As the START debate heats up in the summer Ambassador Grey and Ambassador Graham will draw on their collective experience in government to provide Senators with a broader perspective on the treaty, the first of such meetings took place last week with Senator Risch.
Addressing Biological Threats: Diplomacy and International Programs
On March 18, BSG member Barry Kellman testified to the House Subcommittee on Terrorism, Non-proliferation and Trade, discussing the legal barriers that currently prevent the United States and the international community from working together to prepare for and prevent the use of biological weapons.
Secretary-General Ban Ki-moon Gives Keynote at PNND-IPU event at the Review Conference
On May 6, 2010, UN Secretary-General Ban Ki-moon gave an impassioned speech at the United Nations at an event organized by Parliamentarians for Nuclear Non-proliferation and Disarmament (PNND) and the Inter-Parliamentary Union (IPU) on “Advancing Nuclear Disarmament: The Power of Parliaments.”
“You represent those who actually pay for nuclear weapons,” said the Secretary-General,”It is the world’s taxpayers who fund the development and storage of nuclear arms. But tomorrow, in the famous words of John F. Kennedy, due to ‘accident, miscalculation, or madness,’ they could be paying a different — and much higher — price. We must stop this senseless waste of resources… There is a compelling need to start negotiations on a nuclear weapons convention…”
(L-R): Raphael Chegeni, MP (Tanzania), Edine von Herold, MP (Costa Rica), Alyn Ware (PNND), Secretary-General Ban Ki-moon, Ambassador Anda Filip (IPU), Nicky Wagner, MP (New Zealand) and Jonathan Granoff (GSI).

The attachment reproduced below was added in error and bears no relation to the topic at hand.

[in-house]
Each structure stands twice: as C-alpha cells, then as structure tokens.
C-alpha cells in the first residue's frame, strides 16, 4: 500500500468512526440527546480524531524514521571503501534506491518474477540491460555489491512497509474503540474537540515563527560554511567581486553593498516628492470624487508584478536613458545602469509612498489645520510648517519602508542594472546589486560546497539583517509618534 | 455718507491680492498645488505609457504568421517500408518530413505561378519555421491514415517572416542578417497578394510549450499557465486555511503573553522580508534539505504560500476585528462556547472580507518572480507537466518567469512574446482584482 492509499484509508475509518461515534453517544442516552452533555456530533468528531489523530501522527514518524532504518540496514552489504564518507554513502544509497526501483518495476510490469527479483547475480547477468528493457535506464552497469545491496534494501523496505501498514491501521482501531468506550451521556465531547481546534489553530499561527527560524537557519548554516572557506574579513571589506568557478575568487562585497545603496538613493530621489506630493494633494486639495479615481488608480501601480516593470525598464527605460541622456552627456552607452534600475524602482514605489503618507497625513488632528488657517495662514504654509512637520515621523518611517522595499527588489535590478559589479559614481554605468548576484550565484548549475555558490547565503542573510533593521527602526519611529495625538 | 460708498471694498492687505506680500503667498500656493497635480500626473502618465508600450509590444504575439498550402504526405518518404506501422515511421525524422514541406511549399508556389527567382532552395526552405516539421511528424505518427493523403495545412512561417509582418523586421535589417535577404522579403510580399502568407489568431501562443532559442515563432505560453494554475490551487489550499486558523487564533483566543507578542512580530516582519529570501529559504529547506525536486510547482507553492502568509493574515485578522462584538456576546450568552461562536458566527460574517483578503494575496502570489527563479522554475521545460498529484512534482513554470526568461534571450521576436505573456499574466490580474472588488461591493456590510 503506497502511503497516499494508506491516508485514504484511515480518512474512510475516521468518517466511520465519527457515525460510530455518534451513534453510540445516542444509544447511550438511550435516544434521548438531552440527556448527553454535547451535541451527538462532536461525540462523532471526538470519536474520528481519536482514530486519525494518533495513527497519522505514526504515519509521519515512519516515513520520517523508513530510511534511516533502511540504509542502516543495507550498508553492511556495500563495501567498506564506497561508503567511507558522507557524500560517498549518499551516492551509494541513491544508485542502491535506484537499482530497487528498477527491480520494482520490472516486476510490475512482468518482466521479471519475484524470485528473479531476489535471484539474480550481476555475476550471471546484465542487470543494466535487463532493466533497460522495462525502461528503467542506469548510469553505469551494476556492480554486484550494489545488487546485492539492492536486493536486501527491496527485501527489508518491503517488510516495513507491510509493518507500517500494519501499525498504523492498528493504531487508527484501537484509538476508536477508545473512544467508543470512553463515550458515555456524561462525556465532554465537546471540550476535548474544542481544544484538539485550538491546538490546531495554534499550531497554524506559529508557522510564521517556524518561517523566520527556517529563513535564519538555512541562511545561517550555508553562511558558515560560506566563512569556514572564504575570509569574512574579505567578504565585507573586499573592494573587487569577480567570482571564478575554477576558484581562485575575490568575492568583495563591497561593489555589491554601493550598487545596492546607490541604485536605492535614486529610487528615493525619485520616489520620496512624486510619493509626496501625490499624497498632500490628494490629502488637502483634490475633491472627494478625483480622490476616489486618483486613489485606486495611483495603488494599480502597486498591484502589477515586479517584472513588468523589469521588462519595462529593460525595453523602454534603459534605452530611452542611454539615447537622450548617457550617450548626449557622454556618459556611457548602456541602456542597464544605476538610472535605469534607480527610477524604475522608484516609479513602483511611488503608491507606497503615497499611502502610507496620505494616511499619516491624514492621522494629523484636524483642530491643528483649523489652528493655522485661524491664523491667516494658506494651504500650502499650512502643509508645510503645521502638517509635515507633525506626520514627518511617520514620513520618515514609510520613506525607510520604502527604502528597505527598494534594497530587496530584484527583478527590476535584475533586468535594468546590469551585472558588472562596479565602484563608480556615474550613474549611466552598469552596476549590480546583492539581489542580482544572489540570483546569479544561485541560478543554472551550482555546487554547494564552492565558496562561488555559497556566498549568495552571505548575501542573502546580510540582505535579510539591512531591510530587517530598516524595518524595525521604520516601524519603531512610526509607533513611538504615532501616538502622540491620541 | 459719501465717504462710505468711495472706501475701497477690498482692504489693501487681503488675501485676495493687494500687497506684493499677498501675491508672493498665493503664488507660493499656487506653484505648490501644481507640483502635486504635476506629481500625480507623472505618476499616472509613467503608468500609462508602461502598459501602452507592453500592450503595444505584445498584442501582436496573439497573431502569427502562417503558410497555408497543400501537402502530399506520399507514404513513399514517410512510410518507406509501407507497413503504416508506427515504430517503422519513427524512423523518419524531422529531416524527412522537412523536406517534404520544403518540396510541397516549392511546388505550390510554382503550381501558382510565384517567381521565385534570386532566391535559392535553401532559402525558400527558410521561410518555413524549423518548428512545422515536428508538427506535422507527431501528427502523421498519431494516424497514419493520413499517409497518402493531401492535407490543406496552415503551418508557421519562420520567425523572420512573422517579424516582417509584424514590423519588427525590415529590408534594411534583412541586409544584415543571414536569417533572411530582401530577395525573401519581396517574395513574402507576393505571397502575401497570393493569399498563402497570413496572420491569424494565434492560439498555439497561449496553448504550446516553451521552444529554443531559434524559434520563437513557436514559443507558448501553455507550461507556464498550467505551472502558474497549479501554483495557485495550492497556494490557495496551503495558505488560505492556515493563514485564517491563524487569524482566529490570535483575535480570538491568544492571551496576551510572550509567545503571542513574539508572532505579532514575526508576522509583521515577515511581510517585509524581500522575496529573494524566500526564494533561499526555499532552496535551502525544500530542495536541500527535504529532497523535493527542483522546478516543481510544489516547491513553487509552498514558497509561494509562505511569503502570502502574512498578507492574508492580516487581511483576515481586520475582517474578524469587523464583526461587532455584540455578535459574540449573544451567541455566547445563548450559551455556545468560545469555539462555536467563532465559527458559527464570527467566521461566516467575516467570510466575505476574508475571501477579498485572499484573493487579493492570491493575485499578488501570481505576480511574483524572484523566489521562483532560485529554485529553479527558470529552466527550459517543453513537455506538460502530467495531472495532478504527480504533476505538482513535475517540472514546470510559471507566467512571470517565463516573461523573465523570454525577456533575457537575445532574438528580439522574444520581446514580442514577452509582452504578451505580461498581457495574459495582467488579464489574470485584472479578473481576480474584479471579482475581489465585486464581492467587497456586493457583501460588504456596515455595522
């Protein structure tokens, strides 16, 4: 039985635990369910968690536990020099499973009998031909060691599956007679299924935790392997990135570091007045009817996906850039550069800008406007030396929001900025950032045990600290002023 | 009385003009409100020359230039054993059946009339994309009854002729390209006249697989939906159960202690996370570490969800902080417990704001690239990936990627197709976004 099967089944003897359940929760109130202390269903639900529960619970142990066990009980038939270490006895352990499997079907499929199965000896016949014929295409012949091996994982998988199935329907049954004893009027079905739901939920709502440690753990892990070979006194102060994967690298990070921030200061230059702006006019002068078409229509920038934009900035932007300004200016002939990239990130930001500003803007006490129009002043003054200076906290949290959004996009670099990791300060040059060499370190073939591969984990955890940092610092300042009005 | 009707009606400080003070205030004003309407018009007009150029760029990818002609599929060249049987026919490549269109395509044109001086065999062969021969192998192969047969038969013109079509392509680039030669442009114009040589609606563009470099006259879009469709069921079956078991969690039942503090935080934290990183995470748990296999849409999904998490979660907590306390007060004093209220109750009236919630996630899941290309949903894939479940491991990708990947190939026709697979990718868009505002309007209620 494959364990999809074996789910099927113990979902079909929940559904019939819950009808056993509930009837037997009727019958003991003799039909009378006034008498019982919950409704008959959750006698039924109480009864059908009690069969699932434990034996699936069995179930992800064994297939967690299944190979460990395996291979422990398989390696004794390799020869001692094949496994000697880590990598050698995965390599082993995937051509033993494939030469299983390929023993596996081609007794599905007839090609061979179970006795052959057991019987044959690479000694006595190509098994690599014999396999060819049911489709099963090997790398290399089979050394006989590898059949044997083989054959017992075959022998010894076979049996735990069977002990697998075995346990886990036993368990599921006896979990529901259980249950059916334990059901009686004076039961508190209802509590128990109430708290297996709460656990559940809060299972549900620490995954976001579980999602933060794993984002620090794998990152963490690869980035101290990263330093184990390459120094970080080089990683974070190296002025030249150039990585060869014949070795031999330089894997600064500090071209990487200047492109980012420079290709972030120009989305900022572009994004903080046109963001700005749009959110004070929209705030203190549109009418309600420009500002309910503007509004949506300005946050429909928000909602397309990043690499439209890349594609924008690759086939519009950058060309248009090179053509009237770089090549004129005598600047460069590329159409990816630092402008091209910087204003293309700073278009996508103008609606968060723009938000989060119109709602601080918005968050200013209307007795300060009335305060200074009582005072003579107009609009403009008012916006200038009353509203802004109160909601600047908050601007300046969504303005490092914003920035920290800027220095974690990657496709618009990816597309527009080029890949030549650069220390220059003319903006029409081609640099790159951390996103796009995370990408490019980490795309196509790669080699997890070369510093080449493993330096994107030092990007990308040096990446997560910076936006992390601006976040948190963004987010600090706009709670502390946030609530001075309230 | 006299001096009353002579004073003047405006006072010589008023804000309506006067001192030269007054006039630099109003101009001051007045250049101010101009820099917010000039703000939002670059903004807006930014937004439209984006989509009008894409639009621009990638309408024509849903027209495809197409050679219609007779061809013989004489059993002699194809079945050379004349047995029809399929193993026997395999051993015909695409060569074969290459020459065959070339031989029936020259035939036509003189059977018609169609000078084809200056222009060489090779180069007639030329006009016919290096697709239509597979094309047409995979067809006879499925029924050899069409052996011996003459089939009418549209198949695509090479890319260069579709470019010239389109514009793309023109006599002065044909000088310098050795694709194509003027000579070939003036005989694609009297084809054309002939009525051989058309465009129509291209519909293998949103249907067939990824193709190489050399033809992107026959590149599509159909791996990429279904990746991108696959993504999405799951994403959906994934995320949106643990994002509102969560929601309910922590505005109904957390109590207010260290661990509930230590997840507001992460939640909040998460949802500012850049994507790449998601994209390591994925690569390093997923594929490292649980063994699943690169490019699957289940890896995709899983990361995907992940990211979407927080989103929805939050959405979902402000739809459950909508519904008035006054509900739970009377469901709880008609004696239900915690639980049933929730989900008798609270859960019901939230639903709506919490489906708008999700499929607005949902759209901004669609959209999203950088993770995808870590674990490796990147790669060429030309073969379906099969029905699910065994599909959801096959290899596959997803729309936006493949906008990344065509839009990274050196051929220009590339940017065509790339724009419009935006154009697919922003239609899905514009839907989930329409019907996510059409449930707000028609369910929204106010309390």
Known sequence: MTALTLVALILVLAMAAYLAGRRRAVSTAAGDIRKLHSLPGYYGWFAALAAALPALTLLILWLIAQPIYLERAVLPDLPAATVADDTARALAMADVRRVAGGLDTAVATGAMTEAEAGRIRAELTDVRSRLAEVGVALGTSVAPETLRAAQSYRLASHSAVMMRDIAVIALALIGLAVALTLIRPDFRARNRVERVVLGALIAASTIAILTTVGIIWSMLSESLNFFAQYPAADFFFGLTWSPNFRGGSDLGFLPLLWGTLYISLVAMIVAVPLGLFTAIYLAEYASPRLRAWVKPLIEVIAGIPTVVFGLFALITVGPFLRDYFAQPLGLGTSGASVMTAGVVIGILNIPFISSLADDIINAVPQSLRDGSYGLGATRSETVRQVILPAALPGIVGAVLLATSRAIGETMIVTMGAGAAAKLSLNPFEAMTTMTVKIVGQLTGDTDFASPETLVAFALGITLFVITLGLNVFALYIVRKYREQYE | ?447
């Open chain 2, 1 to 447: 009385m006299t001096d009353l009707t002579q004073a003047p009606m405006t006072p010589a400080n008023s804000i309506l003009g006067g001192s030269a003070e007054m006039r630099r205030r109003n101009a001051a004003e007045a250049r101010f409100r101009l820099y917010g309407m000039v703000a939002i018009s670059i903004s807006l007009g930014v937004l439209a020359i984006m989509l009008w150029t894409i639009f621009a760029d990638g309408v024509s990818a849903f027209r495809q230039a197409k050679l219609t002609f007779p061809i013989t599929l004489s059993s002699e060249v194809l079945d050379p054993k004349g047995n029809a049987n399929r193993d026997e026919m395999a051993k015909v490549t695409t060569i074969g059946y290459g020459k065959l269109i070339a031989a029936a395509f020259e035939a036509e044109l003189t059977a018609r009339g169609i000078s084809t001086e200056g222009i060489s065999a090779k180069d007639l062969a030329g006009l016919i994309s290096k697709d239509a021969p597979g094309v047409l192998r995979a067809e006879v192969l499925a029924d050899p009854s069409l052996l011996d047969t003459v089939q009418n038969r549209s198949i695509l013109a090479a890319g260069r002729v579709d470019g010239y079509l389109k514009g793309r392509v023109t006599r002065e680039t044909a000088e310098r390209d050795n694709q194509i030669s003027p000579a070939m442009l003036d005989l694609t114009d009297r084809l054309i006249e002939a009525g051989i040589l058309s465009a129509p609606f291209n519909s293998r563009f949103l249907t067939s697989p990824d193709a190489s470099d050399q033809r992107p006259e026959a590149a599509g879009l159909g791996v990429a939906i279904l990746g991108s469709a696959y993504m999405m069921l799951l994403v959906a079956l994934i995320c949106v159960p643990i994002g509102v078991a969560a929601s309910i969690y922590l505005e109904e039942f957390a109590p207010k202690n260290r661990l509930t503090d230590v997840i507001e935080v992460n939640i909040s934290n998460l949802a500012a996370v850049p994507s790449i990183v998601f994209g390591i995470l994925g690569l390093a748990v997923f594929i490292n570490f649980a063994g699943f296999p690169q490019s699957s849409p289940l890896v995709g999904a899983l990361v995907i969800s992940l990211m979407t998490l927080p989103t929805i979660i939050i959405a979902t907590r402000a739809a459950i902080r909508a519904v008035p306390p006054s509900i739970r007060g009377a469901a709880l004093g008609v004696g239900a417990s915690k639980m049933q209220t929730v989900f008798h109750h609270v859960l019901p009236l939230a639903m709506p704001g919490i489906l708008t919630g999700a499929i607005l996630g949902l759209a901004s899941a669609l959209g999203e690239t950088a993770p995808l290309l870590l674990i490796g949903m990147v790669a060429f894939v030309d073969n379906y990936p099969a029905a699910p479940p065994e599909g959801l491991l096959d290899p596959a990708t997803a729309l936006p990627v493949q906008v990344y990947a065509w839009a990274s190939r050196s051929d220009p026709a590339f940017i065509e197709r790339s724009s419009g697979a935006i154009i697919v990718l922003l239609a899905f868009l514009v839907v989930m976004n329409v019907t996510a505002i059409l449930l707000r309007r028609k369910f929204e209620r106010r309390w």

Other speakers on the panel included IPU Permanent Observer to the United Nations Anda Filip, PNND Co-President Raphael Chegeni MP (Tanzania), PNND Council Member Edine von Herold MP (Costa Rica) and PNND New Zealand Deputy-Chair Nicky Wagner MP (New Zealand). GSI President Jonathan Granoff served as the respondent to the SG’s remarks.
The event brought the voices of parliaments and parliamentarians to the government delegations and non-governmental observers at the 2010 Non-Proliferation Treaty Review Conference, and urged progress on the UN Secretary-General’s five-point plan for nuclear disarmament – which includes the call for a Nuclear Weapons Convention.
Mr Ban noted that “Ten years ago, the NPT Review Conference described the total elimination of nuclear arsenals as “the only absolute guarantee against the use or threat of use of nuclear weapons.” Mr Ban urged parliamentarians and civil society to “take that message back to your capitals and your governments,” in order to ensure that the NPT Conference takes definite action before it closes on 28 May.